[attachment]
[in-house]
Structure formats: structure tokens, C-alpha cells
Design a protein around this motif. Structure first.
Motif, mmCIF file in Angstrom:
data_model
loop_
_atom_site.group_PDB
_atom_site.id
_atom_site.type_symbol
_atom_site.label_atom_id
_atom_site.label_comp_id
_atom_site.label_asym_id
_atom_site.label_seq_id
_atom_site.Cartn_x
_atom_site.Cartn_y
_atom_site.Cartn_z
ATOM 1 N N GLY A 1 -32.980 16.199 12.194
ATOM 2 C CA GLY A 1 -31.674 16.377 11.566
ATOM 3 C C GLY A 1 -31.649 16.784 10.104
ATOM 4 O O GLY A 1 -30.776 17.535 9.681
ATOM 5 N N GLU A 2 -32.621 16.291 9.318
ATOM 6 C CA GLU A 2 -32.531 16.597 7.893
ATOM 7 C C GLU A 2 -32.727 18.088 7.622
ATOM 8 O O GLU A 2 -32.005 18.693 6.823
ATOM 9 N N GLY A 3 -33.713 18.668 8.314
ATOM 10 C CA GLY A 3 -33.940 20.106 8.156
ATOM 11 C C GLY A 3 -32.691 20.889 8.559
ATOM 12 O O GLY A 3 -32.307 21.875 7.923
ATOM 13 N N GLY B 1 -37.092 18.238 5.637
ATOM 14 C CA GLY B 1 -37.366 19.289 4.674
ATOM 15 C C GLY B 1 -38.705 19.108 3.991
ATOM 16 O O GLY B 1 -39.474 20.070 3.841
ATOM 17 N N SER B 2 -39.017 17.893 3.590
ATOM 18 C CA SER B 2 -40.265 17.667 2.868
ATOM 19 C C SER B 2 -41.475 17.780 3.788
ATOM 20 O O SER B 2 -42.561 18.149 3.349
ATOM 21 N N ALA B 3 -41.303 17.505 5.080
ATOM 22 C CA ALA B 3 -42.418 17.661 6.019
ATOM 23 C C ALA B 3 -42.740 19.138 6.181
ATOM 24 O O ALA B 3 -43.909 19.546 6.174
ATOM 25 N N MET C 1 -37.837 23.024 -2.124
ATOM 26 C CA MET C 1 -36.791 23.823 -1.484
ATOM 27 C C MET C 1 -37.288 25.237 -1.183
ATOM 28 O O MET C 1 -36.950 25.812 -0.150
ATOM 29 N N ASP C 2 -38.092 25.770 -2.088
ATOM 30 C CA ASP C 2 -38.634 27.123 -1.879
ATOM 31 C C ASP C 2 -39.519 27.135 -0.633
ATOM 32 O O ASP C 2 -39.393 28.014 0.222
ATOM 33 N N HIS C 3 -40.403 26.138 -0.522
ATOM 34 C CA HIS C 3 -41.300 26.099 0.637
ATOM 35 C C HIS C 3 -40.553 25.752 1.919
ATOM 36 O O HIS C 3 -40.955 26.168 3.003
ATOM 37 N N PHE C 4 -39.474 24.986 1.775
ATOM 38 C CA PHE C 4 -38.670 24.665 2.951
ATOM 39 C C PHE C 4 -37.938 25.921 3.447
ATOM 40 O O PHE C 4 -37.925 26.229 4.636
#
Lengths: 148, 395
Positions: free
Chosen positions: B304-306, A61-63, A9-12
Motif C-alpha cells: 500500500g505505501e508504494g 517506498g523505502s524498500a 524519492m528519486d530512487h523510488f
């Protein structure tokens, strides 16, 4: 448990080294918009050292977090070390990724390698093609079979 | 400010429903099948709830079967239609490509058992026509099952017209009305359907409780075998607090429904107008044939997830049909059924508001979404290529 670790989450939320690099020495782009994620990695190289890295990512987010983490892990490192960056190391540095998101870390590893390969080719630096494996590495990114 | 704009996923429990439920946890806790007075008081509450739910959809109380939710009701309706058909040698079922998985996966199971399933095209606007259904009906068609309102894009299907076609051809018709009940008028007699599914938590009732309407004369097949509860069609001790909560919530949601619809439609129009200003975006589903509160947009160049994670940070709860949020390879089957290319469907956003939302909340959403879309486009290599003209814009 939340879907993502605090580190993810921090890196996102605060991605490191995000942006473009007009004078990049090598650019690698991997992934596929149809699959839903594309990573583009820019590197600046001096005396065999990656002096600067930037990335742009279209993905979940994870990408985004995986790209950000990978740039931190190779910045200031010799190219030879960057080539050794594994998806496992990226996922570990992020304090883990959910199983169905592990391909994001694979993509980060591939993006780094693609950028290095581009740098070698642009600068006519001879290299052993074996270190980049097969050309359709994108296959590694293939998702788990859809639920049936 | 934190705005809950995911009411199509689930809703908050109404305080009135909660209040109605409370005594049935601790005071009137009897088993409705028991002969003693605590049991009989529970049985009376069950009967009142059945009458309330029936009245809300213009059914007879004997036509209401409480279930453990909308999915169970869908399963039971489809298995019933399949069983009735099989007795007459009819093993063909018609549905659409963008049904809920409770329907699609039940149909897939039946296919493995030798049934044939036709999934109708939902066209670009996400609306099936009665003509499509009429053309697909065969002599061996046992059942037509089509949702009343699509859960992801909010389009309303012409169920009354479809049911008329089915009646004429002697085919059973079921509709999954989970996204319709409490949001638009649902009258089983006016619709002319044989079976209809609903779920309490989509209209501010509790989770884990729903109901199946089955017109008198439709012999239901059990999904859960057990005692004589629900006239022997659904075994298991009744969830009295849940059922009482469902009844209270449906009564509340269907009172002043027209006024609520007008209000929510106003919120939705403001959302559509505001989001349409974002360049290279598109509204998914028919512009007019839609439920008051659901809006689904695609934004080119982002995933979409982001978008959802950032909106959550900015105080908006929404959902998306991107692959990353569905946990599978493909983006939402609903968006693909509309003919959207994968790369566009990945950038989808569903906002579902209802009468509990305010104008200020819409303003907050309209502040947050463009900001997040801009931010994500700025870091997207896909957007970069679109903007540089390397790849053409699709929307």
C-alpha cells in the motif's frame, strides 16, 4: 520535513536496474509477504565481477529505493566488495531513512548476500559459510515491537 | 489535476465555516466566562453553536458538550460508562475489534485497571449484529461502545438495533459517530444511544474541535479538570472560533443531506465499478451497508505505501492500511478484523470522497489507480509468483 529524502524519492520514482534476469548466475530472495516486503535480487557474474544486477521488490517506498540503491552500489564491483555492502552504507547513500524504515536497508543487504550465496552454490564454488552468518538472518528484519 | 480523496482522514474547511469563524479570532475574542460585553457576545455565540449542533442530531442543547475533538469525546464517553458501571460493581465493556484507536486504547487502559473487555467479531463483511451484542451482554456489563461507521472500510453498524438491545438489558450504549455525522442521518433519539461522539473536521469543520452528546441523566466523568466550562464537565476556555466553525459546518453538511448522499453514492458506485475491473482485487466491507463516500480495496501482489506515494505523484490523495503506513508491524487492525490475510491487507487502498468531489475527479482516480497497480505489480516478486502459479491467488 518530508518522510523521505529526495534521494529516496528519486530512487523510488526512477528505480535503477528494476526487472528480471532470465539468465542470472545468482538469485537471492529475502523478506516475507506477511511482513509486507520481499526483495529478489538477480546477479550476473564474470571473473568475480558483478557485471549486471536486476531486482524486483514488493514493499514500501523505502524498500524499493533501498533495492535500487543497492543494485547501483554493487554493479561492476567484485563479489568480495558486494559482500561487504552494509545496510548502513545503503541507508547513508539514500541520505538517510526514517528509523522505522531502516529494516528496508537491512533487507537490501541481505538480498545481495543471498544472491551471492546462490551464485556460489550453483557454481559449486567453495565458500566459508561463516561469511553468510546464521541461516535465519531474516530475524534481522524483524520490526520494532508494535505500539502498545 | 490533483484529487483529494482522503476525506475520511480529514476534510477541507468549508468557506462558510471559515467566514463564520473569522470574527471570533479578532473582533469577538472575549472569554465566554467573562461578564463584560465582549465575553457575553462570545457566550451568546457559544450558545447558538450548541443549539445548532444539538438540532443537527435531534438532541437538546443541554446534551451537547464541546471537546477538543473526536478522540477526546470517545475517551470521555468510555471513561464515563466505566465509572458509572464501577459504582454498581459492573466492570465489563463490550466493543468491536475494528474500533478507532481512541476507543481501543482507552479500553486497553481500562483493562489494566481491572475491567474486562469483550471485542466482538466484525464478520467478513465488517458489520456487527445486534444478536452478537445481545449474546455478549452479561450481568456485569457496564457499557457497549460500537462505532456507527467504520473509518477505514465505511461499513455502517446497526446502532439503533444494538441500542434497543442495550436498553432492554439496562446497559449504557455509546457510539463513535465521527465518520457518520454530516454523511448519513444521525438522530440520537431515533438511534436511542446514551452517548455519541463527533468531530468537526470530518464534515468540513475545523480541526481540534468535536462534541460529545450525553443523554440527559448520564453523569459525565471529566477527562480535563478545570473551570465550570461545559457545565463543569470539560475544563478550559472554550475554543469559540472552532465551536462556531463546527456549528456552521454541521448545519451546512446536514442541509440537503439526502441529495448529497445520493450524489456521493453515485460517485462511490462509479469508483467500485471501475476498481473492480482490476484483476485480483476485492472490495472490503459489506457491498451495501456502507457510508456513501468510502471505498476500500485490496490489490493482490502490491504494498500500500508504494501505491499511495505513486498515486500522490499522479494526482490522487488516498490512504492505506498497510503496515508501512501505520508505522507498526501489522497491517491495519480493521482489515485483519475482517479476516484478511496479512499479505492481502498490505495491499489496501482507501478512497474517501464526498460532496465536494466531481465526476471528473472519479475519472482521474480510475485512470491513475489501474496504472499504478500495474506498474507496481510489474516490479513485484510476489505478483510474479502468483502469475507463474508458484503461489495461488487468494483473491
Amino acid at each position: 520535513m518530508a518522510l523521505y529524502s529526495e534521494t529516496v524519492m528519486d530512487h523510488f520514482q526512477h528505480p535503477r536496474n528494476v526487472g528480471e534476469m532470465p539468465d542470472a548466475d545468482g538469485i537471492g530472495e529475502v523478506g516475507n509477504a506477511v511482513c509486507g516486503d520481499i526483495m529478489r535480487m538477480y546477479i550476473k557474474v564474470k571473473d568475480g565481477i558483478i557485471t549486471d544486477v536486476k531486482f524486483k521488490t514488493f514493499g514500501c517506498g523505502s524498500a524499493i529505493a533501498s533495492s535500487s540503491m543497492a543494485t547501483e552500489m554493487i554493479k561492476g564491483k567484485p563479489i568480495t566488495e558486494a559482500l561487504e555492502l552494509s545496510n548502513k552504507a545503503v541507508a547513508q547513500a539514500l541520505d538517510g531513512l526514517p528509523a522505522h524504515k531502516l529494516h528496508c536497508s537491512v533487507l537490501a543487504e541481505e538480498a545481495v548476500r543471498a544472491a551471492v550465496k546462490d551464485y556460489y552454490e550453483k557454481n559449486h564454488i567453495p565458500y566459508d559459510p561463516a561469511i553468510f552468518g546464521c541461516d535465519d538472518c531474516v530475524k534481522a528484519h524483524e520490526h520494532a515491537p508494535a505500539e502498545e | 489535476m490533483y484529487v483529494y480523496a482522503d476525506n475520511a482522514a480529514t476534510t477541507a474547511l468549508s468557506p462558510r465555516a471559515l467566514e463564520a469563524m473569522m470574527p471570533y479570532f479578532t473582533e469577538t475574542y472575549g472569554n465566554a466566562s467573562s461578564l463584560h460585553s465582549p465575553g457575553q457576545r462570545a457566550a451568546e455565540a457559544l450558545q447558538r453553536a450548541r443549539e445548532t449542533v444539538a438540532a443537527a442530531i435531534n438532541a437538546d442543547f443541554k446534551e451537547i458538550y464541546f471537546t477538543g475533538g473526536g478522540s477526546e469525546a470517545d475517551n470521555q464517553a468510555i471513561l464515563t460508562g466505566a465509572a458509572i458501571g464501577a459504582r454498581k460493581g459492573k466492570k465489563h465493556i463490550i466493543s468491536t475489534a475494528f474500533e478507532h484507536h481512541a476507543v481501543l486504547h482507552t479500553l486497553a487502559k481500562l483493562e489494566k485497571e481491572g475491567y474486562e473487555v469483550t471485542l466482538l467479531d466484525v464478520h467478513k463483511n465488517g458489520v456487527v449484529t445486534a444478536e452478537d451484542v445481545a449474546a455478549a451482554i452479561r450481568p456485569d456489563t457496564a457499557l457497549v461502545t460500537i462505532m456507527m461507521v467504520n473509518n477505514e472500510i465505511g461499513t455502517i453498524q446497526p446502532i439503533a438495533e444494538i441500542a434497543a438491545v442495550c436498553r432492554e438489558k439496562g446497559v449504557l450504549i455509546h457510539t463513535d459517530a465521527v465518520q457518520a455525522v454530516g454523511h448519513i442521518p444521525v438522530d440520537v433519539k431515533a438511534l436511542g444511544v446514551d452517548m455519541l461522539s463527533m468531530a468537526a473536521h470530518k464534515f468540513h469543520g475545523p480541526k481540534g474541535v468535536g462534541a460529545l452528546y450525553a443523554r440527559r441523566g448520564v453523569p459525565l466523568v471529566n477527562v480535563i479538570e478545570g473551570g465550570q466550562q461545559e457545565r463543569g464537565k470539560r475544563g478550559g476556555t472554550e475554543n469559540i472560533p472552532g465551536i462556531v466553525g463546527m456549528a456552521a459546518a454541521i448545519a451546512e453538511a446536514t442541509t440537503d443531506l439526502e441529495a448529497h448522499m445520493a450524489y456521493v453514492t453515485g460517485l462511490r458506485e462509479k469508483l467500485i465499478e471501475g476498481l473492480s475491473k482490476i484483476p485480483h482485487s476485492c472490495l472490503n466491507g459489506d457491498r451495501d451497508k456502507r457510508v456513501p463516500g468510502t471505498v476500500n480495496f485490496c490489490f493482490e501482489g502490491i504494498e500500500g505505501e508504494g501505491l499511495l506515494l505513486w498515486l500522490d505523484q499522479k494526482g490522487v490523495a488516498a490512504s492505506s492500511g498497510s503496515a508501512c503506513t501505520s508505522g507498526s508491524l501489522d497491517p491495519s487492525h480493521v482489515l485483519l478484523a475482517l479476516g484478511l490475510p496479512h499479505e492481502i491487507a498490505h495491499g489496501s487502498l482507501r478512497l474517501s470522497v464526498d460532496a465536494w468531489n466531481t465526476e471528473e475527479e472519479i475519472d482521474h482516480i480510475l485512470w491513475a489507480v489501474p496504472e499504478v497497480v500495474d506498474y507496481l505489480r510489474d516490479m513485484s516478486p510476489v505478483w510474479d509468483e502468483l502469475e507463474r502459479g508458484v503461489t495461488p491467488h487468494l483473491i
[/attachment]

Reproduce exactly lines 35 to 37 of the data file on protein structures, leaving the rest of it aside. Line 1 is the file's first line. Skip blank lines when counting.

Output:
ATOM 19 C C SER B 2 -41.475 17.780 3.788
ATOM 20 O O SER B 2 -42.561 18.149 3.349
ATOM 21 N N ALA B 3 -41.303 17.505 5.080